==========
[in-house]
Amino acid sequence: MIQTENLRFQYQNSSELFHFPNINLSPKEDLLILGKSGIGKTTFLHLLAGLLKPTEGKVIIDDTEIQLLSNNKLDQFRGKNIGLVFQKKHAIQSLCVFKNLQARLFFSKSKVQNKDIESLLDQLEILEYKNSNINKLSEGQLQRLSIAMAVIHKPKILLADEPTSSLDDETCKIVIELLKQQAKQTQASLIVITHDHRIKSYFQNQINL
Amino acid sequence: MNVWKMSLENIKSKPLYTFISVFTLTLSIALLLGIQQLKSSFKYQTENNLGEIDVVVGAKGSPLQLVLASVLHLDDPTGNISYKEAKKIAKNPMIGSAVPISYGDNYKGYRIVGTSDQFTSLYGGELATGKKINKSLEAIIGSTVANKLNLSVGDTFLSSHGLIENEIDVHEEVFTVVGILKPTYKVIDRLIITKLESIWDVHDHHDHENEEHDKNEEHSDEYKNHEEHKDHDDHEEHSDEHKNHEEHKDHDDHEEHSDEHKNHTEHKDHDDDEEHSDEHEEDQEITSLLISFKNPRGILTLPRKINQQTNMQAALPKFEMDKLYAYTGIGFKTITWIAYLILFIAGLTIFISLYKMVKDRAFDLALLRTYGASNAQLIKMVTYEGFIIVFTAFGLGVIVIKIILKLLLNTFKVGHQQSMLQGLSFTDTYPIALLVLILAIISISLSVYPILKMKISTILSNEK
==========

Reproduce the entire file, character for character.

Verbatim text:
[in-house]
Amino acid sequence: MIQTENLRFQYQNSSELFHFPNINLSPKEDLLILGKSGIGKTTFLHLLAGLLKPTEGKVIIDDTEIQLLSNNKLDQFRGKNIGLVFQKKHAIQSLCVFKNLQARLFFSKSKVQNKDIESLLDQLEILEYKNSNINKLSEGQLQRLSIAMAVIHKPKILLADEPTSSLDDETCKIVIELLKQQAKQTQASLIVITHDHRIKSYFQNQINL
Amino acid sequence: MNVWKMSLENIKSKPLYTFISVFTLTLSIALLLGIQQLKSSFKYQTENNLGEIDVVVGAKGSPLQLVLASVLHLDDPTGNISYKEAKKIAKNPMIGSAVPISYGDNYKGYRIVGTSDQFTSLYGGELATGKKINKSLEAIIGSTVANKLNLSVGDTFLSSHGLIENEIDVHEEVFTVVGILKPTYKVIDRLIITKLESIWDVHDHHDHENEEHDKNEEHSDEYKNHEEHKDHDDHEEHSDEHKNHEEHKDHDDHEEHSDEHKNHTEHKDHDDDEEHSDEHEEDQEITSLLISFKNPRGILTLPRKINQQTNMQAALPKFEMDKLYAYTGIGFKTITWIAYLILFIAGLTIFISLYKMVKDRAFDLALLRTYGASNAQLIKMVTYEGFIIVFTAFGLGVIVIKIILKLLLNTFKVGHQQSMLQGLSFTDTYPIALLVLILAIISISLSVYPILKMKISTILSNEK